Marilyn on overseas divorce, featuring Julian Hawkhead

Divorce|November 17th 2014

In my latest video post, I am once again joined by the Managing Partner of Stowe Family Law’s Leeds office, Julian Hawkhead. This week, we discuss the key issues and pitfalls to look out for when a marriage breaks down abroad.

Few people give sufficient attention to the legal consequences of moving abroad. If they did, there may be less deeply unhappy people living abroad who feel trapped in a lifestyle from which they see no easy escape.

There are many pitfalls and, from a family law perspective, they are serious enough to make you wonder whether you might not be better staying here. If you are wondering how it might affect you then please take legal advice before committing yourself and moving abroad.

Ask yourself: if it all goes wrong, what then? How do I get divorced? How will I manage? What happens to all our money? What happens to our children – who do they live with? Life is all about the unexpected and family lawyers are used to answering questions about the “what ifs”, but those answers can be startling. No video can possibly deal with all the consequences. In this video, for example, we have concentrated on just a few issues but there are other equally serious issues.

Some of these issues relate to children and we want to give them more attention in a video which will be all about them.

In the meantime, there are certain matters which should be considered when an English national who has married the citizen of another country and has moved to live with them there or when both partners are English and the couple has moved overseas for work.

The first is jurisdiction. This is especially important within the European Union. Under EU rules, the country in which divorce proceedings are started is the one which will have to deal with the entirety of the case. As a result, you often see a race between separating spouses to secure jurisdiction in the country they think will give them the best result.

In some EU countries, for example, spousal maintenance does not exist. So, the country which has jurisdiction can make a radical difference to the outcome of a divorce.

In addition to issues surrounding jurisdiction, we also discuss the possibility of a post-nuptial agreement. Working the same way as a prenuptial agreement, a ‘postnup’ is a legal contract which sets out what each spouse can expect if their marriage eventually breaks down. They can deal with anything from the division of financial resources to where any children will live following the divorce.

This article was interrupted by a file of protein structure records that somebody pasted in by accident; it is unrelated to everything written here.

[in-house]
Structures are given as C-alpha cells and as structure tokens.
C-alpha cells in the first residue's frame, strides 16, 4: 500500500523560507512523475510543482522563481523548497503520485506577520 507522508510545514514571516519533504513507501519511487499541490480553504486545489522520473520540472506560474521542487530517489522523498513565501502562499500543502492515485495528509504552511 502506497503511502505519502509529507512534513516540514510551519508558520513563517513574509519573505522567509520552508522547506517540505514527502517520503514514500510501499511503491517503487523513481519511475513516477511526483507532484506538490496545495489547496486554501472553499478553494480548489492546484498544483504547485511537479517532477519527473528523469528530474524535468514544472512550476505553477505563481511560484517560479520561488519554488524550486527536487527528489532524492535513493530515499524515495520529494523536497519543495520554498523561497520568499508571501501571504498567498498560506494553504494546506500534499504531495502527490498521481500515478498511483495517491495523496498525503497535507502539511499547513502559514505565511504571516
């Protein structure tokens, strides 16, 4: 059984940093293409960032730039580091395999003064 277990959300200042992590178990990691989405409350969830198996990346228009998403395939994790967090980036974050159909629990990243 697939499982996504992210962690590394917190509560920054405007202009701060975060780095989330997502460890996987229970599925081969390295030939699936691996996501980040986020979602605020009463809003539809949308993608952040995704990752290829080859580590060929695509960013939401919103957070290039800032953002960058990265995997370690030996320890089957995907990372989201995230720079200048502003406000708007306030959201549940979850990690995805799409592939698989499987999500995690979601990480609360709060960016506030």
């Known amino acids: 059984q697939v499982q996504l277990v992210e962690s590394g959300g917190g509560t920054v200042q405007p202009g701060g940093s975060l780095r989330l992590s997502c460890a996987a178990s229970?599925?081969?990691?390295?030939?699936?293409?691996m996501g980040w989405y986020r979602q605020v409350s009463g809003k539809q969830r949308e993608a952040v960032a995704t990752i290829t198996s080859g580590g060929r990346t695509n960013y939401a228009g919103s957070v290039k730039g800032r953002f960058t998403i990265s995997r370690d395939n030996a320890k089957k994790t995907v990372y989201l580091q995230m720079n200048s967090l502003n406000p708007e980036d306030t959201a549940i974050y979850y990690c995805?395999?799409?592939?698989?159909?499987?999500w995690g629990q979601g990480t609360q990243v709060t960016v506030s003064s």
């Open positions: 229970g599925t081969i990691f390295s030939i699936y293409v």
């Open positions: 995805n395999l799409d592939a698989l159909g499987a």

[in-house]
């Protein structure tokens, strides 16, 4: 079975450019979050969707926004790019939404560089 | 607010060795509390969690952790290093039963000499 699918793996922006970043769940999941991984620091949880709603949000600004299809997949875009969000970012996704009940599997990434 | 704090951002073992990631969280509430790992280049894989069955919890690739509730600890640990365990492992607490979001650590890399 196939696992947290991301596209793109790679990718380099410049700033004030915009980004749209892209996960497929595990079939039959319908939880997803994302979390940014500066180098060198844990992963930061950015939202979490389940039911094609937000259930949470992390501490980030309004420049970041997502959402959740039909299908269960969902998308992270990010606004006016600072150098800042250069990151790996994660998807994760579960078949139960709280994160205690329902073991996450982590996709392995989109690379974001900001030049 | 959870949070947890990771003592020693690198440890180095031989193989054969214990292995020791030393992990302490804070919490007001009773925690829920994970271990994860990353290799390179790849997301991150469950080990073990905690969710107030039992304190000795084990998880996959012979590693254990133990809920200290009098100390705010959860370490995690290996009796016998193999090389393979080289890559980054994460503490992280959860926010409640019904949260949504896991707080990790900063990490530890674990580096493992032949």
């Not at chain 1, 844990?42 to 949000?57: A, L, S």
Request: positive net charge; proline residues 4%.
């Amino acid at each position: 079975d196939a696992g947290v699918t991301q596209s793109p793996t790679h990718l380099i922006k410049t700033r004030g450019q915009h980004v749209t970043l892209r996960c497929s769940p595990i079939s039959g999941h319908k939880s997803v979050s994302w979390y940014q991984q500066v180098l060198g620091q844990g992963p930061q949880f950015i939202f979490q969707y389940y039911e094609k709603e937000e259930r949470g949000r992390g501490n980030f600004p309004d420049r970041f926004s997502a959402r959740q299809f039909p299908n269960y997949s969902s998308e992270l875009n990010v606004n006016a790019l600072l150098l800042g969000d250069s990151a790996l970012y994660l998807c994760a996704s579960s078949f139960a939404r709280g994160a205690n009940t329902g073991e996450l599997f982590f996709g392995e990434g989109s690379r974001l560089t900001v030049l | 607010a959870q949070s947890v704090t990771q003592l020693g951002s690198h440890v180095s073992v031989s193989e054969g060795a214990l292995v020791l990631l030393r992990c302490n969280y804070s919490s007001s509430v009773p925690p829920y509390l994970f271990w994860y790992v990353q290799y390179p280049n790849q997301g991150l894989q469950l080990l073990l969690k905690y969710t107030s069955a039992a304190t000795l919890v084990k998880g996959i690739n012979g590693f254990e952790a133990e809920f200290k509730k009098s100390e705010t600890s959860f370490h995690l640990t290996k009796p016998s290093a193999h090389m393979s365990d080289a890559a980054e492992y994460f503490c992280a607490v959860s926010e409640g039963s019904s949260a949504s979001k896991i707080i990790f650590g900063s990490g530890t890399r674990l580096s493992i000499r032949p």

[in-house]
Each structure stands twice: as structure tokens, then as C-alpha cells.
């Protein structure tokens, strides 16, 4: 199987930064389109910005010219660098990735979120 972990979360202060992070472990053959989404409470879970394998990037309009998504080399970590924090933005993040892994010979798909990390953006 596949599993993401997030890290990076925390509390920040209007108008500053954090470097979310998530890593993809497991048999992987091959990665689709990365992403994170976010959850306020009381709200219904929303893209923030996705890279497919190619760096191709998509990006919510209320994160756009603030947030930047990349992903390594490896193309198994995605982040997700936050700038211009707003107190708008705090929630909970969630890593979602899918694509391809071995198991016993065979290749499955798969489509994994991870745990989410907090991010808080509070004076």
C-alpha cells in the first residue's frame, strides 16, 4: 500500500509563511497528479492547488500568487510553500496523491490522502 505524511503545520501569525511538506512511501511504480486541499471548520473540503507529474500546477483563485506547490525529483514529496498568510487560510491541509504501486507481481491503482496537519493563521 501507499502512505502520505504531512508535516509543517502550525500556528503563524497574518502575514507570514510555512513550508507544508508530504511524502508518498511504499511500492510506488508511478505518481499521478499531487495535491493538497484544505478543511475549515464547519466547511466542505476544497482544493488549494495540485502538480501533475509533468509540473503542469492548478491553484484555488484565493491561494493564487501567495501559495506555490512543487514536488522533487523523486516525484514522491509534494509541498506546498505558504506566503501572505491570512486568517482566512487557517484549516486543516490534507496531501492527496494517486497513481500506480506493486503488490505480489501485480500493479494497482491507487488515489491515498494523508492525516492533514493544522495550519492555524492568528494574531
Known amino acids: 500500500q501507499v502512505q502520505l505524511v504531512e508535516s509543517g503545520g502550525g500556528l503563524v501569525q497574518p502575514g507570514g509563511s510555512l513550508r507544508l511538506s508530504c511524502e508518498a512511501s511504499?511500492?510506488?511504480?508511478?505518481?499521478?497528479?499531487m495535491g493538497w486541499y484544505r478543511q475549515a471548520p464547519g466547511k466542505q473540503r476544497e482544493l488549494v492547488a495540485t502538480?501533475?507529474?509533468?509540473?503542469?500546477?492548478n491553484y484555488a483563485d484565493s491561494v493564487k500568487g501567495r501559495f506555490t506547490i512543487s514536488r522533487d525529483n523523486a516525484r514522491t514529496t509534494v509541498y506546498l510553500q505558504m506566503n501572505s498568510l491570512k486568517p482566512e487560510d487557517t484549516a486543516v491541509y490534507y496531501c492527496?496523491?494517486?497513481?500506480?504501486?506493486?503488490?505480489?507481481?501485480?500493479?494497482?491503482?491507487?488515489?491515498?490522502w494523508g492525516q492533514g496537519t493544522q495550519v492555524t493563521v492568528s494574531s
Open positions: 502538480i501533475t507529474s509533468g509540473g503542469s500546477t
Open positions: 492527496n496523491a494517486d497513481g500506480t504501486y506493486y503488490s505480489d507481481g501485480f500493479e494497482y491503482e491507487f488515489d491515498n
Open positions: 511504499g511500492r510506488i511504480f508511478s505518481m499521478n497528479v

Lawyers from both countries may need to be involved to make sure, as far as possible, that your wishes before you leave are adhered to in the unhappy event the nightmare scenario comes to pass. I’m sure it probably won’t but do not underestimate the additional stress of living in a different country, perhaps with a different language and culture, which might prove too much overall for the marriage to survive.

If you have any questions about this area of family law, the team of experts here at Stowe Family Law will always be happy to help or if you prefer to leave a question on the blog, I will do my best to answer it.

Julian is Stowe Family Law’s Senior Partner and is based in our Leeds office.

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  1. Andrew says:

    Tut tut, Marilyn. You can be an English resident of domiciliary but not an English citizen. Try British citizen.

    Feel free to mod this out and correct your text.

    Then do fifty lines!

  2. Name Witheld says:

    Hi, i have a massive problem…. ( ain’t we all)??? I had British husband and we got divorced iam Hungarian and he is British. My son born in Uk. I have a residential order I was constantly harassed by my ex for money and so on.he had 39 criminal conviction drugs, abuse,theft, fourd reported by cafcass my son doesn’t want to see him my child was stressed and confused when he had contact with his father. I asked the court to stop seeing him they orderd supervised visits….what? My son didn’t want to go… He begged me not to go he won’t live my side when his father around. My ex is extremely dangers I felt like a second class citizen no one would help. Not even social services! I felt danger and that no one would look at my sons best interest. I left the country now iam being accused international child and abduction. Any idea?

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